Sunday, November 24, 2013


Currently relocated to Dawson Creek for newly found work as a First Aid Attendant on a BC Hydro construction project, I was over the moon when Dan and the current kitties visited last night.  True, I have only been here a week, but a week away from where I'd rather be none the less.

Work days have been slow and the crew has not given me any business (good) I gave myself a goal of finishing one novel every two days.  A few town days and training sessions and I'm still on track.  Yan Martel's Beatrice and Virgil - spooky, twisted ending; Rajaa Alsanwa's Girls of Riyadh that points out the common threads of women everywhere; and Paul Theroux's latest and rumoured last travel memoir The Last Train to Zona Verde: My Ultimate African Safari - a brilliant first hand account of western Africa travel - are on their way back to Chetwynd's library.

When the temperature plunged to -29 with a windchill of -36 I earlier this week, I undoubtedly confronted Theroux's driving question: What am I doing here?

Taking advantage of a bigger center's Arts Scene, I was pleased to drop in on a great acoustic session by Winnipeg's Chris Carmichael.  Dawson Creek's Art Gallery hosts concerts throughout the year and Carmichael visited on Tuesday. Among the sparse audience numbering fewer than a dozen, his original rock, alt/country, blues, surf blues and cover songs were a welcome break from hanging out in my fancy, furnished apartment yearning for my friends and family elsewhere.

Thursday, November 7, 2013

Wilma, new foster kitten

Wilma joins us from a busy foster home in Fort St. John where there were three dogs and another cat.  In our comparatively quiet home, her and Millie are now mostly friends.  Mostly.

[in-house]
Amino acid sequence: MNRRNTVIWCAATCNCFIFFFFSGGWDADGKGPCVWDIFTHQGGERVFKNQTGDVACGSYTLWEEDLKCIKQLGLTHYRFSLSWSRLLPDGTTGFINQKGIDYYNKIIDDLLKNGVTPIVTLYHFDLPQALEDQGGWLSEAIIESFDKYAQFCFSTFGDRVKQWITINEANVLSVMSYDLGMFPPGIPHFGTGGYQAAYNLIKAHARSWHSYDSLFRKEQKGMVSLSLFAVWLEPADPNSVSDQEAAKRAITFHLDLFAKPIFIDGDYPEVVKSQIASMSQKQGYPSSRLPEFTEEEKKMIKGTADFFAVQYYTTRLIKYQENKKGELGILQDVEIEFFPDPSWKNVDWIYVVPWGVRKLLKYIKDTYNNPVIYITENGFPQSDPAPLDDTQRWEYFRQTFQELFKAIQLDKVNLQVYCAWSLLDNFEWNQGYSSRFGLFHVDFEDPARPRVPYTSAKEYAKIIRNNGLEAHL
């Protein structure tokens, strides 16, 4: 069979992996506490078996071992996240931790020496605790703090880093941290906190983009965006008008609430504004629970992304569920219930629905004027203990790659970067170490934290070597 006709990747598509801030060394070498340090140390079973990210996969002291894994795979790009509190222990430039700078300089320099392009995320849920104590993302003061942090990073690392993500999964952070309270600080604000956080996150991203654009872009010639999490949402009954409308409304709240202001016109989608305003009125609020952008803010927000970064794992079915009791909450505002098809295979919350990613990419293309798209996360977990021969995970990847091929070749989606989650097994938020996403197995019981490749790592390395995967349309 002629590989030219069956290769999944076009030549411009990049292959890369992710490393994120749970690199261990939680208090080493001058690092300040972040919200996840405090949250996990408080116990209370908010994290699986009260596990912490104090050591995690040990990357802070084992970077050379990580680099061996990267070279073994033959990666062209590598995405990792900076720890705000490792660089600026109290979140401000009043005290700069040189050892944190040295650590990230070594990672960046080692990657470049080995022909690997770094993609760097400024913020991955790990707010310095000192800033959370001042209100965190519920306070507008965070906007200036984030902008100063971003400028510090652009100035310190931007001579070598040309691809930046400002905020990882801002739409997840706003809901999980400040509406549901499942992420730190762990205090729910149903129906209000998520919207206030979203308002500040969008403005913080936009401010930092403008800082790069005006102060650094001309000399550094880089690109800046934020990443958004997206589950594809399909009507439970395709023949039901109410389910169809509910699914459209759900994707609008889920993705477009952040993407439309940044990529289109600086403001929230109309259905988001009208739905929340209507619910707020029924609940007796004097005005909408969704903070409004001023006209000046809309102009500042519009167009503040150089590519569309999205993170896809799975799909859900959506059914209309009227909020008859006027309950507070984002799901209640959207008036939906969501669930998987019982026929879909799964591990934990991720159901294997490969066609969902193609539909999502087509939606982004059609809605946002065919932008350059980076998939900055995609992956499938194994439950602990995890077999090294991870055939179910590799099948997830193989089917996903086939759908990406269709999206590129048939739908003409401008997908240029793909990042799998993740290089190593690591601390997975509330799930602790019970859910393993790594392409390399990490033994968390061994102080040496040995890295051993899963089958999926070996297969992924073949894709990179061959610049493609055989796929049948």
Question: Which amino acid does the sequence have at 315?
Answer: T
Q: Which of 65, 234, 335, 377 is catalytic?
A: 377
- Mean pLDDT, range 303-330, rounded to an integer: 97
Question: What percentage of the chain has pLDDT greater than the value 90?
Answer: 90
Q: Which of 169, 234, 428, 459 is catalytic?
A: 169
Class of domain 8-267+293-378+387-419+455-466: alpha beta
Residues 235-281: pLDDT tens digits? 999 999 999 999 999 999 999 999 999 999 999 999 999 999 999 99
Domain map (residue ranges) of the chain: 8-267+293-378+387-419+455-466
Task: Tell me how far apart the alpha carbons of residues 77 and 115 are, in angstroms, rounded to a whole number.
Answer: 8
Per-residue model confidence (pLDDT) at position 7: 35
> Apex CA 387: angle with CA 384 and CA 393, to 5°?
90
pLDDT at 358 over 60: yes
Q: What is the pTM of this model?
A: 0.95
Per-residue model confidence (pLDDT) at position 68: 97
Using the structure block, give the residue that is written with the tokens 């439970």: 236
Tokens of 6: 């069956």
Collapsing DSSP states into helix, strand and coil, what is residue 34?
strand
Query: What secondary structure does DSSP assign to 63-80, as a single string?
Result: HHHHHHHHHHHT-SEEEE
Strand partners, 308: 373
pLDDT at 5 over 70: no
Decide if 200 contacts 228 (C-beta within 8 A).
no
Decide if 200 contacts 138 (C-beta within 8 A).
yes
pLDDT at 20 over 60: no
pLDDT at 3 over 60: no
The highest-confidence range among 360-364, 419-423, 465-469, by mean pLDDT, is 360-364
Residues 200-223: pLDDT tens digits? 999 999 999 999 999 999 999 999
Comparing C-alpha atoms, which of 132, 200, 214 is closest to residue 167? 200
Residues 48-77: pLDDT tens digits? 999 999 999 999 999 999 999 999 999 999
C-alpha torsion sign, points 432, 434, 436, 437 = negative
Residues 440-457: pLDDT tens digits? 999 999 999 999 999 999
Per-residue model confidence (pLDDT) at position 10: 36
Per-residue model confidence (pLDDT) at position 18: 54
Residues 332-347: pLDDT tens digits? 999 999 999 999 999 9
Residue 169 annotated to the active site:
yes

When not duking it out in the Kitty Battledome, they`re parkouring off the furniture and wrestling on top of our sleeping bodies.

They`re both total cuties and we`re still on the fence as to whether we`ll keep Millie or not.  Luckily we`ve been able to postpone that decision as no one has shown any interest in adopting her.

At the prompting of a well-connected woman, who is quickly becoming a favourite friend in Chetwynd, I attended a volunteer orientation at one of the primary schools at lunch.

Car free and usually care free, I debated the  merits of walking or cycling in a developing northern snow storm.

Both would get me out of the house. Pro.  I could get there faster cycling and read a novel longer.  Pro.  I was going to a school and they would have a bike rack.  HUGE Pro.  A book club mate and the inviter to the event had recently dislocated her shoulder from a cycling fall - on dry pavement - hmmm, possible con.

I cycled there.  It was chilly.  I felt hardcore.  The wind blew snow into my exposed face both ways.  Con, con, con.

There was delicious carrot soup waiting when I arrived at the school and two fun kitties when I returned home. Pro.  

Sunday, November 3, 2013

Least liked ice breaker

Billed as Life's Most Dangerous Question, I dislike it when I am working and even more so when I am not - and the latter is often.

"So, what do you do?"

I inwardly grimace and roll my eyes when meeting new people and sulk that this is their idea of small talk.  It's not an inquiry to my hobbies, volunteer interests, books I read, mountains/hills I scale, how I have mastered bread making or counties I would like to visit.  No, it is an imploration in to how the workforce values me and a subtle inquiry of income, status and rank.

Are we that bored or programmed that we can find no other common ground discussing things we like and are passionate about rather than the jobs we loathe?

I don't care if you're a stay-at-home Mom, science teacher, physician, farmer, bus driver, painter, cake decorator or struggling student.  What I am interested in is what you care about, where your dreams and passions lie, if we have similar hobbies.  If I wanted to network, I would have gone to a conference, professionals meet and greet or cruised around on Linkedin not attended a social gathering.

I was a member of my current book club for a half year before anyone asked me "what I did" or (and this one I liked) "what I did for the community."  The former forced me to admit after being laid off I had taken on a role that was inappropriate for my location and education while the latter allowed me to expand on the great work the local rescue, On Our Way Home Animal Rescue, has done in re-homing and rehabilitating surrendered, abandoned animals in the B.C. Peace while strengthening its presence from Mackenzie to Fort Nelson.